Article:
Nearly a million people in Pennsylvania have medical cannabis cards to treat serious medical conditions, such as anxiety, glaucoma, cancer, or chronic pain. The range of eligible conditions might seem broad, but an approved physician has evaluated and certified these Pennsylvania residents. They are registered medical marijuana patients and must show an ID to obtain legal medical marijuana at dispensaries across the state.

Your Medical Cannabis Card Shouldn’t Be Evidence of Impaired Driving

Even if you separate the fact that marijuana is still illegal under federal law, the process for medical cannabis in PA seems straightforward. However, using a state ID to identify valid patients can raise legal questions about when someone’s status as a medical cannabis user is appropriate.

One question is whether police can use a driver’s medical marijuana card, status, or admission of medicinal cannabis use as evidence of impairment during a DUI stop.

Medical Cannabis Cards & Pennsylvania DUIs

Using medical cards as evidence in a DUI is at the heart of a recent case out of Harrisburg. Here, a medical marijuana patient presented her cannabis ID after a car accident and found herself charged, despite asserting that she wasn’t under the influence of anything.

The woman handed the state trooper the first picture ID she found. Her confusion is understandable: a Pennsylvania cannabis ID looks like a license. It can be hard to tell the difference, especially in the frenzied aftermath of a car crash.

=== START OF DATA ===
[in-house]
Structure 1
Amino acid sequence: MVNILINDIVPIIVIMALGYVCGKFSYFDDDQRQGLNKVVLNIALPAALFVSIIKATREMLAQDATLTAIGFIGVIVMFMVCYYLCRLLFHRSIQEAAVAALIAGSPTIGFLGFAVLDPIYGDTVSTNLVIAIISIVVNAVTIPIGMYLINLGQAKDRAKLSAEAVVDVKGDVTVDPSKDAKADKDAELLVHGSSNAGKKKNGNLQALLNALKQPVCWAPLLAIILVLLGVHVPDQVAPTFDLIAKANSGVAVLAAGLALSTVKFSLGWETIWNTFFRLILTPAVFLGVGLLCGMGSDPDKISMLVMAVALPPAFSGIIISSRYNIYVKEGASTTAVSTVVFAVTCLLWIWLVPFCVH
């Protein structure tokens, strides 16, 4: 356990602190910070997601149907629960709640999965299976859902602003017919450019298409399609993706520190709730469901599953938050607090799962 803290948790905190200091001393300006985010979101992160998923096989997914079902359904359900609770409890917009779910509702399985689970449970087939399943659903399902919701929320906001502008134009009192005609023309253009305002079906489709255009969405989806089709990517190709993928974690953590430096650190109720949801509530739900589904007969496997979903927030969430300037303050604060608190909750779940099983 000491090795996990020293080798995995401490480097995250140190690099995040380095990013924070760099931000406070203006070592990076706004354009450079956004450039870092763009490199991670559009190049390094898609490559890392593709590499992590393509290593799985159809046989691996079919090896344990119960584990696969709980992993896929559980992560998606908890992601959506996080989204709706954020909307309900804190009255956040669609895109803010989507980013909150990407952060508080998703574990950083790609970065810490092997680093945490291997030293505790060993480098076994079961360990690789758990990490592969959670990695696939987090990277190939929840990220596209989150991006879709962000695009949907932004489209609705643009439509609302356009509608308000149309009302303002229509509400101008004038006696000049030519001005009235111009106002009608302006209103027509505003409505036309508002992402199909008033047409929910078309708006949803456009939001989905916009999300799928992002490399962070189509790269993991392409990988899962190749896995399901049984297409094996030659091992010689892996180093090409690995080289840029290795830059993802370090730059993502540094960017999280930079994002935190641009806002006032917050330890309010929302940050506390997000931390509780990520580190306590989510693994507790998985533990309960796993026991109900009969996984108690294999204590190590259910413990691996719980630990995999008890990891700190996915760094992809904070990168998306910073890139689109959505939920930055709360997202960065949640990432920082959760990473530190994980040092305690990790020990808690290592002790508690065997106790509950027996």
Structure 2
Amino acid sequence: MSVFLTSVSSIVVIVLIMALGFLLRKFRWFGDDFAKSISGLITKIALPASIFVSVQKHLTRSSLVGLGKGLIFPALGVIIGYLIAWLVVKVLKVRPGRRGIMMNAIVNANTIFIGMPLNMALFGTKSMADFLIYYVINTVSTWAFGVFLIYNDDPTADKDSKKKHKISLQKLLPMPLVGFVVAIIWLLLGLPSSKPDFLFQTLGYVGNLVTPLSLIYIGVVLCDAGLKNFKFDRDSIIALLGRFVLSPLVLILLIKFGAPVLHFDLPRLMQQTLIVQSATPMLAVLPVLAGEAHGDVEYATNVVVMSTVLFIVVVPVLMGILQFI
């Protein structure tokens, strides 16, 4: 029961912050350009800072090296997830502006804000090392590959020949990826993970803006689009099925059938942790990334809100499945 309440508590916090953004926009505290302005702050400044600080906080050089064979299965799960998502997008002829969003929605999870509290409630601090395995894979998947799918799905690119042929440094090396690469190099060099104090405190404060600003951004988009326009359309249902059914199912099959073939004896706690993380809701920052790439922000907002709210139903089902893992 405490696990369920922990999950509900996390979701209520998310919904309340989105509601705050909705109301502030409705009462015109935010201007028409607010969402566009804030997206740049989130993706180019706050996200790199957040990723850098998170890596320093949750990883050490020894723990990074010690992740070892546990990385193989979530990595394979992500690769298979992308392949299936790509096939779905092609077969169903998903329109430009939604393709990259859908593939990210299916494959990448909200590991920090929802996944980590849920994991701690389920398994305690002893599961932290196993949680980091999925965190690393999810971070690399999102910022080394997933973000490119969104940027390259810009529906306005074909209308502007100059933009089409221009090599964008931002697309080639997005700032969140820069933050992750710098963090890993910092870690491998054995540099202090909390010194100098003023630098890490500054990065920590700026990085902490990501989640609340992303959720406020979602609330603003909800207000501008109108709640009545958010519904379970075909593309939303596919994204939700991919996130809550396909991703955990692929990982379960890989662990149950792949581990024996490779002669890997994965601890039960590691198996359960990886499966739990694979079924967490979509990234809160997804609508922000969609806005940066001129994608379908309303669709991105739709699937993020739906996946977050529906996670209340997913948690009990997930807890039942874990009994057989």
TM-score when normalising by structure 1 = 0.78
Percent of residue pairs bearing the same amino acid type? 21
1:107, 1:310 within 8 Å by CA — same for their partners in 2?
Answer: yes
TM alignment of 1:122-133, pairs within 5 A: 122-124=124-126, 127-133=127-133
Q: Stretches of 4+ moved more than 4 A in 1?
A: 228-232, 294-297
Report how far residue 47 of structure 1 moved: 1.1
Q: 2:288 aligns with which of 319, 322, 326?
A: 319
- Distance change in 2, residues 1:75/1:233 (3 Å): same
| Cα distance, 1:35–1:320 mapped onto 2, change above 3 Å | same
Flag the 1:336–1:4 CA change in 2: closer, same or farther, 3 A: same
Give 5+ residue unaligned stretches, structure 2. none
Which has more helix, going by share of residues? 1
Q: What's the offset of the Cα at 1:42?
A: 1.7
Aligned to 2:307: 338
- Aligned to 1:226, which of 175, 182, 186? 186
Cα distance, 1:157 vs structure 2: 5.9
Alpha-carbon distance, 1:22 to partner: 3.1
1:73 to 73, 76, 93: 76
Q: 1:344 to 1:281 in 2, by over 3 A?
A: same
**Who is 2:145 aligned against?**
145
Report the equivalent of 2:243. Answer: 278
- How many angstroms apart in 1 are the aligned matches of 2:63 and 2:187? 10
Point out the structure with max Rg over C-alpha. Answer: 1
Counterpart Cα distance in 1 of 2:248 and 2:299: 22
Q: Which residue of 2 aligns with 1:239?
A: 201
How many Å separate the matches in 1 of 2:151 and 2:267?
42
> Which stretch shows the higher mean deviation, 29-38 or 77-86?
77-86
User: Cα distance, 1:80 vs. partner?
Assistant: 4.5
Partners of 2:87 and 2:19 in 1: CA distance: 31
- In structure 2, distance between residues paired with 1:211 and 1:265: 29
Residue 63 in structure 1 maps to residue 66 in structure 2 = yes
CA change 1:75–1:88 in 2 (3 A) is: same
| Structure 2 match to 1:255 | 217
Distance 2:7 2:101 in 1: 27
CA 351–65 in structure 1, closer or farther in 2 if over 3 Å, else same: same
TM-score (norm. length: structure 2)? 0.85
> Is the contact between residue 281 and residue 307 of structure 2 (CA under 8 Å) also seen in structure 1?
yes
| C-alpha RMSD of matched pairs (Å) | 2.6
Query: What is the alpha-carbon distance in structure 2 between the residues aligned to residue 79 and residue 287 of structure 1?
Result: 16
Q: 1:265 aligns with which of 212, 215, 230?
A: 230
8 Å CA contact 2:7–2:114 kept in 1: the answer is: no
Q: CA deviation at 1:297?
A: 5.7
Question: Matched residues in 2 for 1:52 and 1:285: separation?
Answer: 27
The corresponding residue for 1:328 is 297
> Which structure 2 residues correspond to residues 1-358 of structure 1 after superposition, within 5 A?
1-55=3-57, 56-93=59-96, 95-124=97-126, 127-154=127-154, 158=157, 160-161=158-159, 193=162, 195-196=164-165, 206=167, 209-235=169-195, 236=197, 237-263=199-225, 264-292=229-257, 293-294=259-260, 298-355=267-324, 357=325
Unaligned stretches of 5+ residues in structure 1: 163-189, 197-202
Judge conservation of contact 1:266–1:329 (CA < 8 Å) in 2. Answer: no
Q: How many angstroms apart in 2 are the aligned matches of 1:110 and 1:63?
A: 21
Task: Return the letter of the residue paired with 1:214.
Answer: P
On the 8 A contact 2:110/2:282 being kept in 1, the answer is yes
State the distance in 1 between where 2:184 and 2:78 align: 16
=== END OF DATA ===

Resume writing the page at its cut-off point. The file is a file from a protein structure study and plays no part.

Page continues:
The trooper considered this lapse an indication of impairment and arrested her for DUI.

It’s Always Illegal to Drive High

No one is advocating for lenient laws for impaired driving, and having a medical marijuana card does not give an individual the right to drive stoned. But these are legal medications under Pennsylvania law.

If a police officer saw you had a prescription for valium in your possession as you were looking for your license, should it be used against you? Most people would say no. Just because you have a medication does not mean you are under its effects now.

Isn’t That What DUI Tests Are For?

Some argue that a DUI test should have confirmed whether the Harrisburg woman was under the influence. And it’s true that if a police officer has reasonable suspicion that you are impaired, they can request a field sobriety test or a blood or urine test. However, when it comes to marijuana, testing gets complicated.

The active ingredient in marijuana is THC, and its metabolites (byproducts of it breaking down) can remain in the body for several weeks. Additionally, individuals who use cannabis regularly, like those with chronic conditions, may have a tolerance. As a result, they may not experience the same level of impairment as an infrequent user.

Therefore, a person could have legally used medical cannabis weeks before driving. Still, if the police can show probable cause the person was impaired, a drug test may detect THC. With a million patients using medical marijuana, someone can conceivably be arrested and ultimately convicted, despite being completely sober.

Medical Cannabis Cards as DUI Evidence in PA

Like how field sobriety results should be used with other evidence, the presence of a medical marijuana card should not be evidence on its own. A police officer should have additional evidence of impairment, such as erratic driving, the smell of marijuana, glassy eyes, or other physical evidence to justify a DUI arrest.